Every year, when the heat arrives on the East Coast, the news thinks the heat is headlining news. The main story is "The Heat." Every year, it arrives earlier than expected, so the weather people tell us about records from the past and how we almost broke them or we did break them. "We" really didn't do anything. The heat happens and we are subject to it. We can hold a thermometer and say, hey look at how hot it is.
Which brings me to the job I'd like to have. CBS was rattling off how to keep your kids safe when the heat comes on (like don't let them play in the car, which is really a good parenting technique in any kind of weather considering children cannot drive so they should not be alone in a car in case, you know, they somehow start it and ram it into a tree or a garden gnome). They went to their field correspondent, who was standing in a park. With an infrared thermometer.
Her segment was about how hot things were. She held the instrument over a patch of grass and read that it was about 97 degrees. Then she went a few feet forward onto concrete and read that it was 103 degrees. Proving that grassy areas are the places we should seek out when we're outside.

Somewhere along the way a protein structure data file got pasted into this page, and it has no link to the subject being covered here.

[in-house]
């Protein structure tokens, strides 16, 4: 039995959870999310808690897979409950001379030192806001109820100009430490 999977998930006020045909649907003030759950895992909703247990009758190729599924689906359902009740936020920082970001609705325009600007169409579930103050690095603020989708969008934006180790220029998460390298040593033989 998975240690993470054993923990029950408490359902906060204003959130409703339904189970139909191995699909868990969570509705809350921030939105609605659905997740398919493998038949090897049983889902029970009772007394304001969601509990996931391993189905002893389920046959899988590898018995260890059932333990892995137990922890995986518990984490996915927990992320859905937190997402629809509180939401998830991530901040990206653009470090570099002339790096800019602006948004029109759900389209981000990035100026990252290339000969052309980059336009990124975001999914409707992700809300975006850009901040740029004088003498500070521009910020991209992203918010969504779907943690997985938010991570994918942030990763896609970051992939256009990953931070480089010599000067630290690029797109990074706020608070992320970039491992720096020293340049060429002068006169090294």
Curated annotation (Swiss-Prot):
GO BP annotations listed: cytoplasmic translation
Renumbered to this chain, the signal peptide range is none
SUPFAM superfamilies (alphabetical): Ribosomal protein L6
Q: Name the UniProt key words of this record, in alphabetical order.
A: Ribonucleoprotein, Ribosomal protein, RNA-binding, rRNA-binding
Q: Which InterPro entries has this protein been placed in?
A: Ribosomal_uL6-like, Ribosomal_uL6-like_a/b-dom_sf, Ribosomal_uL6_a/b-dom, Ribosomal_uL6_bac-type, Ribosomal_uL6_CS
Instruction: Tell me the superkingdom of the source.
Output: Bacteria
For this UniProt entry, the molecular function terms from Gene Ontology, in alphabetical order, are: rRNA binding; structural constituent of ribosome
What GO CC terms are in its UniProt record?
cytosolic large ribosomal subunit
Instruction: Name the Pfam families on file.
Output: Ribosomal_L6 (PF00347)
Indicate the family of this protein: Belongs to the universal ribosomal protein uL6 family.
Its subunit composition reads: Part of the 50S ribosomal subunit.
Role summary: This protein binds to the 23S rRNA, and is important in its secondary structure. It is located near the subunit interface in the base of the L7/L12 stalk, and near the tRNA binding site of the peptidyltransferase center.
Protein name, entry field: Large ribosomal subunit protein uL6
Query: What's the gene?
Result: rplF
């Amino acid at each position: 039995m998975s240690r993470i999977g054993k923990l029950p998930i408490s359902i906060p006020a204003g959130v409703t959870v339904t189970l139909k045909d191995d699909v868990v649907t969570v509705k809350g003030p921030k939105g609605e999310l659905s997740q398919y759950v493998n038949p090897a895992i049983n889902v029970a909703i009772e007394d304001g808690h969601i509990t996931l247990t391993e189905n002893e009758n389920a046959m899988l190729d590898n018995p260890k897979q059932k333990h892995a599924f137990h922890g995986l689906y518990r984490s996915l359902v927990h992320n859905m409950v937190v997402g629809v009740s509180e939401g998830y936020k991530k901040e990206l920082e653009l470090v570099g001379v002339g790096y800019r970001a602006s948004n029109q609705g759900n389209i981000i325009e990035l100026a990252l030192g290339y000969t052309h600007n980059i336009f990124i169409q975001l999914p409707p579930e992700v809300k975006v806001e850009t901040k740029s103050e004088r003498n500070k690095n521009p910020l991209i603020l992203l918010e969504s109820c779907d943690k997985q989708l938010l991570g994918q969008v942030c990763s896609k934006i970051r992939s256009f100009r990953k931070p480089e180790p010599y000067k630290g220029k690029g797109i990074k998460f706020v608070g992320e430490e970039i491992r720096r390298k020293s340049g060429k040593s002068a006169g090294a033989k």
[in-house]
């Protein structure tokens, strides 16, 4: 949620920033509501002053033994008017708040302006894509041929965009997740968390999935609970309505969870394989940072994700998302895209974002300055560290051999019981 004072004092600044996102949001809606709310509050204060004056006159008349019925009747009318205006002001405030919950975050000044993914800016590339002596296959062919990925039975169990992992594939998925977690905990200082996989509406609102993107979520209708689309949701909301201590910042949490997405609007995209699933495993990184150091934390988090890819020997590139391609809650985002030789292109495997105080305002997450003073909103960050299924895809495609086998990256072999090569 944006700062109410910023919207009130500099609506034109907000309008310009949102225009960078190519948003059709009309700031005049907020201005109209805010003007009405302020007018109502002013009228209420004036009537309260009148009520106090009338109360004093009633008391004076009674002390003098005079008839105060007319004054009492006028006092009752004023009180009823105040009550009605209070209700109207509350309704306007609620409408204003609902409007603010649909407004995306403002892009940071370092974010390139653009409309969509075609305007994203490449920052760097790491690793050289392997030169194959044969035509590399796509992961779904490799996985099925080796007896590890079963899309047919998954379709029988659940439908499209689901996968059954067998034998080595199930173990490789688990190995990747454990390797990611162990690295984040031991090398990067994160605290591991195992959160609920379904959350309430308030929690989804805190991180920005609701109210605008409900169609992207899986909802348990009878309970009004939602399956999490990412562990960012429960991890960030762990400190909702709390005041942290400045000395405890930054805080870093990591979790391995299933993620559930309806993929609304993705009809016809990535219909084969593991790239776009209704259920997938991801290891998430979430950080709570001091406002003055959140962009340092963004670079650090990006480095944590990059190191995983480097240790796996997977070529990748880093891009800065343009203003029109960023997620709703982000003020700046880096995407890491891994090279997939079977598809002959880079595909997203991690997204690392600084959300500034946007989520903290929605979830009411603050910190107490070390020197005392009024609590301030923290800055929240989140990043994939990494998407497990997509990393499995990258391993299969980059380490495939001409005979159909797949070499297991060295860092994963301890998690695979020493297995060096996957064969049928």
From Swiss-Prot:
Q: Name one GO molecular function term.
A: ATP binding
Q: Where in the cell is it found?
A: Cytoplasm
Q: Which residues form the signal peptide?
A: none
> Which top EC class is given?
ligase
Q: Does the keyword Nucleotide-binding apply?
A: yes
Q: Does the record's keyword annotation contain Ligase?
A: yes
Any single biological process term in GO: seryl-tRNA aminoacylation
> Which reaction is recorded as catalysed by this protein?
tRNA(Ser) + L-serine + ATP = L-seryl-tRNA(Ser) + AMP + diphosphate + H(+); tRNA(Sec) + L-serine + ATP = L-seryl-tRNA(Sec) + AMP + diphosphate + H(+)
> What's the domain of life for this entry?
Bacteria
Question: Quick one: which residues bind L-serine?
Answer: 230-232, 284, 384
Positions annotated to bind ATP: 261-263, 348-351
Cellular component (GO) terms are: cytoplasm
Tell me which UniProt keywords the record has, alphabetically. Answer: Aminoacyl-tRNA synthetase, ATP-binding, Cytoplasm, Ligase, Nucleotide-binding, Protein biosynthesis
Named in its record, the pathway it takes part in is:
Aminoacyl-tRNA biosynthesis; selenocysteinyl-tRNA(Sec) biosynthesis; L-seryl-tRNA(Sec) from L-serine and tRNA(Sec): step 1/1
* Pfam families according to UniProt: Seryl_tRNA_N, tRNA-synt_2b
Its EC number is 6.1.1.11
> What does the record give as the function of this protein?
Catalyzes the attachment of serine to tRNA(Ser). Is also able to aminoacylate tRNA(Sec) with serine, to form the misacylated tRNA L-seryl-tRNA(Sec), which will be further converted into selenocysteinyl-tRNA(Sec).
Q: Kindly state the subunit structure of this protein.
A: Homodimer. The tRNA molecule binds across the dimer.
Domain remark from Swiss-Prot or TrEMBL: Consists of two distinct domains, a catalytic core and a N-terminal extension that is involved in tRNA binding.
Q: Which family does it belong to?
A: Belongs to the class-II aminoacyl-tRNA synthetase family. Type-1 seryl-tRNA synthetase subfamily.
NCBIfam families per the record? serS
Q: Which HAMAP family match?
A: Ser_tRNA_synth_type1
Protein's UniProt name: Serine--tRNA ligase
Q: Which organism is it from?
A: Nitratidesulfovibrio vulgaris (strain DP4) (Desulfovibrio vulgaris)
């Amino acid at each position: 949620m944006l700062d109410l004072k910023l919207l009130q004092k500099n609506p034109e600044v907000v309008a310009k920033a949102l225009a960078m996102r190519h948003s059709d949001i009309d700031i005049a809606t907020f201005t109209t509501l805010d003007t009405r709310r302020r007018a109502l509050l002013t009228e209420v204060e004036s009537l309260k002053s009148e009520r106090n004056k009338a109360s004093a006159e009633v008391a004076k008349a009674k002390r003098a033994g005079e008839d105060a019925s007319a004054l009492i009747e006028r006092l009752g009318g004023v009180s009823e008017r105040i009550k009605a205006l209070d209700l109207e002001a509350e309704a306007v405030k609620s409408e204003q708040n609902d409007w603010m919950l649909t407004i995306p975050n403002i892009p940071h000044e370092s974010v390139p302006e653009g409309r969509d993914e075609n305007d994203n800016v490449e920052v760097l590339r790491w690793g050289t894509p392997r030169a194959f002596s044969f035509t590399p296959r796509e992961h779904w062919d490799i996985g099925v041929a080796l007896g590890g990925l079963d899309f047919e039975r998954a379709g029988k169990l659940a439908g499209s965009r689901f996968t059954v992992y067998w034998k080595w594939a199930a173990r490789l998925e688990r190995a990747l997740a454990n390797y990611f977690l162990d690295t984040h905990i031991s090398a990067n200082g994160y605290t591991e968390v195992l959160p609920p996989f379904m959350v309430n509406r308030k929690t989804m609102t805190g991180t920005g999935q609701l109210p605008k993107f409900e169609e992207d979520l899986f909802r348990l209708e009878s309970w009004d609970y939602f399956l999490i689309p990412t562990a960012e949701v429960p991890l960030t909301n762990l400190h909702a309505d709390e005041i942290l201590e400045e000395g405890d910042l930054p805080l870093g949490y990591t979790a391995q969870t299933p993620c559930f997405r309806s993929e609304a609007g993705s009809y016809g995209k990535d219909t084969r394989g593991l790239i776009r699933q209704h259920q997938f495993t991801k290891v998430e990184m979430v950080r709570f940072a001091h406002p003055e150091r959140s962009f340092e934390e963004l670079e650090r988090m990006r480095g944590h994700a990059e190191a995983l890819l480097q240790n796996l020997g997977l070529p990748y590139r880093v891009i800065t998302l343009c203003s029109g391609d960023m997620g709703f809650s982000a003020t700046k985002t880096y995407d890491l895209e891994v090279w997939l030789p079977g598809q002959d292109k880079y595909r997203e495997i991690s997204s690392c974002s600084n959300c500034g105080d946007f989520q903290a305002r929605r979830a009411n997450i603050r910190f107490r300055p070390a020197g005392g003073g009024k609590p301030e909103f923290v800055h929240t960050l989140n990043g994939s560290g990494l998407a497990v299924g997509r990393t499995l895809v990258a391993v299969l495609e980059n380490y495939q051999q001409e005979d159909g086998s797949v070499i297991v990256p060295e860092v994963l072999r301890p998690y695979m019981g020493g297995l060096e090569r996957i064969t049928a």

Ohhhhh, that's some real good advice. I'm so used to seeing all those people picnic on concrete. Grassy areas! Good idea.
Anyway, then she was showing how playground equipment can get hot in the sun, especially the metal parts. She gave the temperature of swings, steps up to the swings, and slides. Then she read the temperature for a metal bench.
This girl is not screaming because she's having fun. She's screaming because her ass is on fire. Someone should have really checked the temperature of that swing.
At the end of her report, she was standing by for her next segment. You know those thermomemeters that look like clocks? She had a big round one on the dash of a dark truck's dashboard so we could read it through the windshield as it sat in the sun.
I want this job. I want to walk around with a microphone in one hand and a thermometer in another. I want to point an infrared ray at things and read off digital numbers into a camera. I want to make money saying, "Ooh, wow, that's hot!" not in a Paris Hilton way, but in a business-like, reporter way. Next open call, I'm there.